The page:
By means of so-called health coaching, researchers at the University of Copenhagen have helped a large group of diabetics to markedly improve their oral health. The patients assume responsibility for their own bodies and boost their self-efficacy through motivational health coaching, taking a different approach to conventional health campaigns and one-way communication. The research findings have just been published in the Clinical Oral Investigations.
Brochures with information about dental health or healthy living are fine. Motivational health coaching by professionals is far better and reaches out to high-risk groups.
Diabetics are at a higher risk of suffering oral health problems. Not just the most serious problems like periodontitis and caries, but also other issues such as dry mouth, fungal infections and poor wound healing. One hundred and eighty-six patients with Type II diabetes participated in a study – the first in the world – to demonstrate the role of health coaching in improving dental health and empowering patients. The patients with diabetes were divided into two groups. One group was given traditional health information, for example a brochure on good dental hygiene. The other group was offered motivational health coaching in the form of 3-6 sessions over a six-month period, focusing on personal guidance on, for example, diet, stress management and dental care:
“In the group of patients who were given personal health coaching, biological markers for periodontitis , also known as ‘loose teeth disease’ were reduced by as much as 50% over a six-month period. The patients in the trial group saw a significant decline in long-range blood sugar levels, whereas figures for the control group were unchanged. Moreover, the patients in the coaching group expressed markedly increased self-efficacy in relation to handling illness and health issues,” explains Assistant Professor and authorised coach Ayse Basak Cinar from the Department of Odontology at the University of Copenhagen.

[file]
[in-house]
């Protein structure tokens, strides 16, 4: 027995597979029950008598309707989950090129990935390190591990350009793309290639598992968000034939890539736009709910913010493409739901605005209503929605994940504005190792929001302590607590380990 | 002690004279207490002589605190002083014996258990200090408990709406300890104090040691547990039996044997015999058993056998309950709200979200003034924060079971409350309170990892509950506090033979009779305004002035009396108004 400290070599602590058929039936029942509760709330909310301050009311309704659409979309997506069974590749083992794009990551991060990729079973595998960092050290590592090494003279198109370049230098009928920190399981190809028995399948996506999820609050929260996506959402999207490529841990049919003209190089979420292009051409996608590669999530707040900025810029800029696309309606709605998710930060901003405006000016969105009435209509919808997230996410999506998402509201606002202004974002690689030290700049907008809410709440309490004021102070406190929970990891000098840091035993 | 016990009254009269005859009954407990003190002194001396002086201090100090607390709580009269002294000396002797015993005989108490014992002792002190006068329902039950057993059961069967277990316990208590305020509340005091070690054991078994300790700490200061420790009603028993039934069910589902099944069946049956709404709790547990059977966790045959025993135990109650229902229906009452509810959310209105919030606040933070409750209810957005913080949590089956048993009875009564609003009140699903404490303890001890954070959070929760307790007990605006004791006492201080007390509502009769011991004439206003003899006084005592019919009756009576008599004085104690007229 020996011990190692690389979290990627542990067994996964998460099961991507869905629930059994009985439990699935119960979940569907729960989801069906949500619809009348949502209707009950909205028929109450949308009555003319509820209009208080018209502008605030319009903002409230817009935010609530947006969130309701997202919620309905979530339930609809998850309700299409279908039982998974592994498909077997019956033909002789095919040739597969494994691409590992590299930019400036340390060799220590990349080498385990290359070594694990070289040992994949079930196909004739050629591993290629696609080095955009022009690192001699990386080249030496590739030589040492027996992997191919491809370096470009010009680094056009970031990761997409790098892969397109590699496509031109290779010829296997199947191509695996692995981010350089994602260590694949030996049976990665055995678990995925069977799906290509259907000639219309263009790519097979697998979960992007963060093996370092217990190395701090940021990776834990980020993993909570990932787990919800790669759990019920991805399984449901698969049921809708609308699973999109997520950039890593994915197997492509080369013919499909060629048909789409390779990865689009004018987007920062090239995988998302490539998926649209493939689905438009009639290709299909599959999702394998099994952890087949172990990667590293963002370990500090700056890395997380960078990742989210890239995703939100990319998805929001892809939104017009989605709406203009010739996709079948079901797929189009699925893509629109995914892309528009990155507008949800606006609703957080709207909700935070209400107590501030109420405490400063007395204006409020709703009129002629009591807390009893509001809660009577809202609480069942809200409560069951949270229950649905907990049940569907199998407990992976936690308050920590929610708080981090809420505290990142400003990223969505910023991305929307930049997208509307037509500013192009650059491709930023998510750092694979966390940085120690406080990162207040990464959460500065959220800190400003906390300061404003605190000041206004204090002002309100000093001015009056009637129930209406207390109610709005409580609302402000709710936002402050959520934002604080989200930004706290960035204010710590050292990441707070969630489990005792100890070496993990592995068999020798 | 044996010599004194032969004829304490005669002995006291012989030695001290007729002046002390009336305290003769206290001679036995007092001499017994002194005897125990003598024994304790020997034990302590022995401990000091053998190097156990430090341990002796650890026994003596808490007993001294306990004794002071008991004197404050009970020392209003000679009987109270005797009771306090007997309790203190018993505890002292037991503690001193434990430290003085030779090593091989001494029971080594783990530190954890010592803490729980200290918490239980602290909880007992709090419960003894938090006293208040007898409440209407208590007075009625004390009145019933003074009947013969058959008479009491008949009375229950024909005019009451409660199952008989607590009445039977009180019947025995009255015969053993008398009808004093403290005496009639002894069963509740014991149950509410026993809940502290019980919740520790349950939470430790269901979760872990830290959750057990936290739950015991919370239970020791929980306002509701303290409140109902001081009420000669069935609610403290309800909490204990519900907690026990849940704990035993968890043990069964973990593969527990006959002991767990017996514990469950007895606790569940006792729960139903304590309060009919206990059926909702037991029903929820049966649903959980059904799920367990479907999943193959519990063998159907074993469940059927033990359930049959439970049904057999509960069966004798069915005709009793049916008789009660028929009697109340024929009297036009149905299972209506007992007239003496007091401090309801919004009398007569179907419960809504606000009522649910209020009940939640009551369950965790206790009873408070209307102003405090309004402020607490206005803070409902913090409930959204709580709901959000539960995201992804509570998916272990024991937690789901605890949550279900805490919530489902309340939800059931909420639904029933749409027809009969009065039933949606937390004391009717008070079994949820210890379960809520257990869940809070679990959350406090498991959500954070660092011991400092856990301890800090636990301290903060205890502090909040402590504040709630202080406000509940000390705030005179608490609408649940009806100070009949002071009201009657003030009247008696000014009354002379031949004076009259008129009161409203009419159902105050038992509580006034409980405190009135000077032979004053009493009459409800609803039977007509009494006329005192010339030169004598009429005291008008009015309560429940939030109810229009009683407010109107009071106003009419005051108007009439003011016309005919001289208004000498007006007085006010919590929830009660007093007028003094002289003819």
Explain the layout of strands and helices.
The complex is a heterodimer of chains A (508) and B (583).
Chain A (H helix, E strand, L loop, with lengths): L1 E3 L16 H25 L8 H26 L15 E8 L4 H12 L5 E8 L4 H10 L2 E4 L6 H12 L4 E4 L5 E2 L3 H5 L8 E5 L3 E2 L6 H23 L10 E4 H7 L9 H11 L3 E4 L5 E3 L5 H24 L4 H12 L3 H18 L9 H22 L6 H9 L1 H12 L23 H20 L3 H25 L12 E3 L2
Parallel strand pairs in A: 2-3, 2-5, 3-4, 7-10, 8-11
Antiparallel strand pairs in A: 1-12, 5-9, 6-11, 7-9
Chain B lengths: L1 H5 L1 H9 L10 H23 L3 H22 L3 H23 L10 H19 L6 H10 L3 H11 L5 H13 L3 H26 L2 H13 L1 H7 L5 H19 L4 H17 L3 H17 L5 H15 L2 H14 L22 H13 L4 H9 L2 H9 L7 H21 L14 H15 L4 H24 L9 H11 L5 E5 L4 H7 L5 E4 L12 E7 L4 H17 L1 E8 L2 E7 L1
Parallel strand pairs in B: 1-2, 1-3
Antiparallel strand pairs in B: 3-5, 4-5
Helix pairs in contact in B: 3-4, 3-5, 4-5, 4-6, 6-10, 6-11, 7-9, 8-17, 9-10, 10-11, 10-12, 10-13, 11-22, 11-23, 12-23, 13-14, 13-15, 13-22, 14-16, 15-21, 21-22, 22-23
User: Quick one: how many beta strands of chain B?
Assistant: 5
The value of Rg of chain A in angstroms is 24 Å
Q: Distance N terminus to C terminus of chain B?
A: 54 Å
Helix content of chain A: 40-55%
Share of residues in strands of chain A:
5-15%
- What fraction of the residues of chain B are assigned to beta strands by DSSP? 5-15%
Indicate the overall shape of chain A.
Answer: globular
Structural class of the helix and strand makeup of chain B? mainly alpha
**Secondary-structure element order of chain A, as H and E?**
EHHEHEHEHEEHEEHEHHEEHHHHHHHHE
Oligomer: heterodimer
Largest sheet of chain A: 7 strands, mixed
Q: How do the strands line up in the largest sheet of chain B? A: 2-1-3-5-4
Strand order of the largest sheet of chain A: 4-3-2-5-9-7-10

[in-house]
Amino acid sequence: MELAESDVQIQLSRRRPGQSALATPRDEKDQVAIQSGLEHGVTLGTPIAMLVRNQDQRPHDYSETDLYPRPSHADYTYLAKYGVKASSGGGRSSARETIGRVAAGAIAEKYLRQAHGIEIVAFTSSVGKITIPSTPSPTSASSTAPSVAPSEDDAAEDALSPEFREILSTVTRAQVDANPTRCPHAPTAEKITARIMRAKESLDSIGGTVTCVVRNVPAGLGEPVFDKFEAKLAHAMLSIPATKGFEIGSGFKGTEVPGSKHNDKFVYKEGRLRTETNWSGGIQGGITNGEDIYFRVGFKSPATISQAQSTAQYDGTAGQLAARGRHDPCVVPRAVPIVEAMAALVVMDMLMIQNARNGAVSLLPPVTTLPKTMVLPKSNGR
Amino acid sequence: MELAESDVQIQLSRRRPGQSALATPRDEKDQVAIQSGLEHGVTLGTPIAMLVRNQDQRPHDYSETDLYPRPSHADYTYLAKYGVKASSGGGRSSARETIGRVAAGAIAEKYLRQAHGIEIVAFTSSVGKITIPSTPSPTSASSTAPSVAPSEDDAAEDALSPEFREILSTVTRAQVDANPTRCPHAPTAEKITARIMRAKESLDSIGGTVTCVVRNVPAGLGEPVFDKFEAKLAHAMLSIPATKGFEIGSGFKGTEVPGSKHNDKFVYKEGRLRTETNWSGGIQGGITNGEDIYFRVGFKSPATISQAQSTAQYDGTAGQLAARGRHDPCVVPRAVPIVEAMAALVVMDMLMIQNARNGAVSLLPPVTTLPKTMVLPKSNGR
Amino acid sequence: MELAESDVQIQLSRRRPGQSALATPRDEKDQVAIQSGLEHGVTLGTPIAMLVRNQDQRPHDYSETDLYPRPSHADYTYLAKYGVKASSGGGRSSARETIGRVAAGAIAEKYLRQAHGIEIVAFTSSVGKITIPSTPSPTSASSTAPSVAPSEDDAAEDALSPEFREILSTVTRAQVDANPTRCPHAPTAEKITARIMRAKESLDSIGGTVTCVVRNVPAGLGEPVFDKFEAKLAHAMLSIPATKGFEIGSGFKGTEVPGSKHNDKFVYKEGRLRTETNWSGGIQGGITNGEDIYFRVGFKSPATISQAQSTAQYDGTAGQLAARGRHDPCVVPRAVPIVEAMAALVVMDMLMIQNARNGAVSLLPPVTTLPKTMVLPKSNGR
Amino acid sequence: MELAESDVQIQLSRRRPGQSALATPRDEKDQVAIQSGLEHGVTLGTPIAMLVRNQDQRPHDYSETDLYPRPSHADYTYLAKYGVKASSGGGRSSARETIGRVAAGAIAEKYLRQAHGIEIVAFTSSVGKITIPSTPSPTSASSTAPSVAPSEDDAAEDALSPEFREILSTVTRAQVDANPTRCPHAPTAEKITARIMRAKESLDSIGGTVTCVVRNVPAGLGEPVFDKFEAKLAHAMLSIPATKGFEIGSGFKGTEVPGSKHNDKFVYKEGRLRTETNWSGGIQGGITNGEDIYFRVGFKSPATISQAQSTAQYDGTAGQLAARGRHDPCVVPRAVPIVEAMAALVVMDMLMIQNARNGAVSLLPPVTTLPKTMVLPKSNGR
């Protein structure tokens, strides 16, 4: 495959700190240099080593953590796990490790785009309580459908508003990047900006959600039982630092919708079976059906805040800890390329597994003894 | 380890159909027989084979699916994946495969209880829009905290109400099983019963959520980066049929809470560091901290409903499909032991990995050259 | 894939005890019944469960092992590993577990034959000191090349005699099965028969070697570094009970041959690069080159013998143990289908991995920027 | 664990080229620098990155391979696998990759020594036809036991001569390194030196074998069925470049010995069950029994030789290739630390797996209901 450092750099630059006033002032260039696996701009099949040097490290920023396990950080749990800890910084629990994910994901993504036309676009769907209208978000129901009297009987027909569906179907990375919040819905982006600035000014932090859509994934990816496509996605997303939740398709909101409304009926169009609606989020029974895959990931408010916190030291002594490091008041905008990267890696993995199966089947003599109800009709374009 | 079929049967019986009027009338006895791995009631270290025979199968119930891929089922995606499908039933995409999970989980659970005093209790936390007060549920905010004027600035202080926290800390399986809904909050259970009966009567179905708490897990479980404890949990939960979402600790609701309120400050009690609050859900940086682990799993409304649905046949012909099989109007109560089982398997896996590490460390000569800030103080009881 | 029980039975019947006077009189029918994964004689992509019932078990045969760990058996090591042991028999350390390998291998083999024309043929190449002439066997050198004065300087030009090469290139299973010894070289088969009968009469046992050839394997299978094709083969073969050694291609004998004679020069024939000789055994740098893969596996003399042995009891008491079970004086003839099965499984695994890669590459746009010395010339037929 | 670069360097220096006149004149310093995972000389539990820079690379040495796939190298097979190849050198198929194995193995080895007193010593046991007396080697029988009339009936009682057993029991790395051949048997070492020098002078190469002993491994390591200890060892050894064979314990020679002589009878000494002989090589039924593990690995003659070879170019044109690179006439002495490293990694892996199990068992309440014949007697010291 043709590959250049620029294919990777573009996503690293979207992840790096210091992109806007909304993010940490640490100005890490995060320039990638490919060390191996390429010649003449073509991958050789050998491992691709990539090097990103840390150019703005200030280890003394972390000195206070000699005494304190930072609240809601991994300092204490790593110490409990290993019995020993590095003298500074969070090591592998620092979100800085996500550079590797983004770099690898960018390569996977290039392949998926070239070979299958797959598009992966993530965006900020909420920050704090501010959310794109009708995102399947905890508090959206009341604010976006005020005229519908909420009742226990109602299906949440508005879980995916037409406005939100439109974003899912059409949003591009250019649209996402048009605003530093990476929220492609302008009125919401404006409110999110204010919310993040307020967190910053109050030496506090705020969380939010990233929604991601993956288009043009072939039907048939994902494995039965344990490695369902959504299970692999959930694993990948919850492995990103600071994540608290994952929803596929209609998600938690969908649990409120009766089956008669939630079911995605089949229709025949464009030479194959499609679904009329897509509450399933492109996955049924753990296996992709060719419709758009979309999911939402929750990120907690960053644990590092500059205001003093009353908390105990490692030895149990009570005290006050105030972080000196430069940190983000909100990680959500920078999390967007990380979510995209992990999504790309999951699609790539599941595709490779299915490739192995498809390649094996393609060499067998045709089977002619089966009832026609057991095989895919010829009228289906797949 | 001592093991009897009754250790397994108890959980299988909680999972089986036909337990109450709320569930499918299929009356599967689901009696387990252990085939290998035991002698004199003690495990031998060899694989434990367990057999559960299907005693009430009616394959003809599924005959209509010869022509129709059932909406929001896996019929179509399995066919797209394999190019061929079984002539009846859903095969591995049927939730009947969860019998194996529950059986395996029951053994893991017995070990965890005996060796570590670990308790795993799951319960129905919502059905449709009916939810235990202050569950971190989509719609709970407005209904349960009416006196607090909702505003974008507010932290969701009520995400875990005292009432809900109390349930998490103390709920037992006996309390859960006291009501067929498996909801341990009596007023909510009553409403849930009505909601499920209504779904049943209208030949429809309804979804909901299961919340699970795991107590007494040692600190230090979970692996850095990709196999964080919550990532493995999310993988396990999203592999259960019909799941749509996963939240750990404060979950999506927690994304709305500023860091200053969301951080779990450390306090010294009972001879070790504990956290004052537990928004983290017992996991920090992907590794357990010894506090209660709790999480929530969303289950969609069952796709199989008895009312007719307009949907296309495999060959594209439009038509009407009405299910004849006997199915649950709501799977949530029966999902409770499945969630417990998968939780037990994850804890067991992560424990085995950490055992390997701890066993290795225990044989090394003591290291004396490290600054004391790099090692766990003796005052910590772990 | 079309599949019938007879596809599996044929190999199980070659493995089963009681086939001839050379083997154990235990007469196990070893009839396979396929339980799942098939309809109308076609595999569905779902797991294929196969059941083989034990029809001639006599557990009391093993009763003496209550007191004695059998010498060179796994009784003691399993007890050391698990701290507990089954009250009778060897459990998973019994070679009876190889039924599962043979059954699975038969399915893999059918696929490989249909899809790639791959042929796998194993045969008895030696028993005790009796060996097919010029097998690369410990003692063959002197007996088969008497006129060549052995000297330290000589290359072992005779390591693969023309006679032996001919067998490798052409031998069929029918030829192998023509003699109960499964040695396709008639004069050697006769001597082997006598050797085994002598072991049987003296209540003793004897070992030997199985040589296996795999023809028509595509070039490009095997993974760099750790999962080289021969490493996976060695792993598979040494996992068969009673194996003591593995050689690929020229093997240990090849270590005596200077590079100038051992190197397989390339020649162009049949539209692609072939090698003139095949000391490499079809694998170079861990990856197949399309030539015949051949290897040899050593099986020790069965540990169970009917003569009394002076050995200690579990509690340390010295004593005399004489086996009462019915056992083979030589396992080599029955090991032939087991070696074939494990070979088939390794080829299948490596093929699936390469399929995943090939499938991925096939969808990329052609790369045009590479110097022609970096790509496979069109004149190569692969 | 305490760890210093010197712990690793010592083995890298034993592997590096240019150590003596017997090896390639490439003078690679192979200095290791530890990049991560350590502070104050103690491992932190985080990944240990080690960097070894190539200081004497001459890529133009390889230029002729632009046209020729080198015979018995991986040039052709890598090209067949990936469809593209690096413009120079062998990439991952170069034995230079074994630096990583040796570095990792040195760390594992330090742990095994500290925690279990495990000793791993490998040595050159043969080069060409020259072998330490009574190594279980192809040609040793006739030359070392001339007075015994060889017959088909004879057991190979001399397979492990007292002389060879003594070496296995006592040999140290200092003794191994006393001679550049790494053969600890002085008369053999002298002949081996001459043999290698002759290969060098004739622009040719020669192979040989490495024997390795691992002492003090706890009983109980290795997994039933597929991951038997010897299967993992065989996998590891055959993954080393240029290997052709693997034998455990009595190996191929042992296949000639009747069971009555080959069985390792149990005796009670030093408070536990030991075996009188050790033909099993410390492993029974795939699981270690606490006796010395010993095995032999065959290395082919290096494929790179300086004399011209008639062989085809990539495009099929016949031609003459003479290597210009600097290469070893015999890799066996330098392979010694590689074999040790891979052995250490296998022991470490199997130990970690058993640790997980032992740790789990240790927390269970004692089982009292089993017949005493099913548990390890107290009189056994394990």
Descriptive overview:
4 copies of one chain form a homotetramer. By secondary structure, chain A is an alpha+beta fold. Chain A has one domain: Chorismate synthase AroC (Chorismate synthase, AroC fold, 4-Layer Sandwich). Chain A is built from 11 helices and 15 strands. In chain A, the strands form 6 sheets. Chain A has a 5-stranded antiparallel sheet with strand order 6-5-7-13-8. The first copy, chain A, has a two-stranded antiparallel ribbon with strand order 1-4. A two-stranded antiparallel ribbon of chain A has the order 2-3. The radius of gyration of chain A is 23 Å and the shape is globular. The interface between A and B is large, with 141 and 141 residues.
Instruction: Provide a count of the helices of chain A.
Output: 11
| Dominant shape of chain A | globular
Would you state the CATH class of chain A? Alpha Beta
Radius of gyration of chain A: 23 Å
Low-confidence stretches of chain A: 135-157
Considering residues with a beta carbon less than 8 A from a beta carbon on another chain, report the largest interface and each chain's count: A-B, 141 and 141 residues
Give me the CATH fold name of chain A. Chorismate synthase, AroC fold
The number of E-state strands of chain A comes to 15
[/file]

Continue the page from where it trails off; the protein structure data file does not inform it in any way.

The long-range blood sugar, also known as HbA1c, is an expression of the average glucose level in the blood over the past approx. three months. For the coaching group, this fell from 7.5% to 6.9%.
The new research findings may change the way we think about health campaigns in future.
“Health coaching is a resource-intensive intervention. However, dishing out a brochure to patients with diabetes and thinking that that will do it, is also a costly approach for society. Ineffective health communication due to a lack of creativity results in massive and costly problems for society. The patients we are in contact with are often both socially and financially vulnerable, and for them health coaching and follow-up can make a considerable and marked difference, both to their physical and mental health. It is also about equality in the health care system – both globally and nationally,” says head of section Lone Schou from the Department of Odontology.
The results are not only interesting because health coaching seems to make a huge difference compared with conventional health campaigns.
“It is also exciting that we are combining biological examinations of BMI, long-range blood sugar and bacterial markers with qualitative data obtained through interviews. All the biological examinations indicate better results for the trial group,” says Ayse Basak Cinar.
Danish-Turkish research with a global dimension
Assistant Professor Ayse Basak Cinar, head of section at the Department of Odontology Lone Schou and Professor Maximilian de Courten from Copenhagen School of Global Health are behind the new research results which have been published in Clinical Oral Investigations. The study involving 186 patients was conducted in Turkey, but Ayse Basak Cinar has received a grant from the Danish foundation TrygFonden which moves the trial to Denmark and secures Ayse’s employment in the coming year.
“I am keen to see how closely the Danish results will resemble those from Turkey, but I expect to see many similarities. Often, the most high-risk Type II diabetes patients in Denmark are of non-Danish ethnicity, so in that respect the studies will not be affected by marked cultural differences. The complications of Type II diabetes are a global concern which is monitored closely by the International Diabetes Federation,” says Ayse Basak Cinar.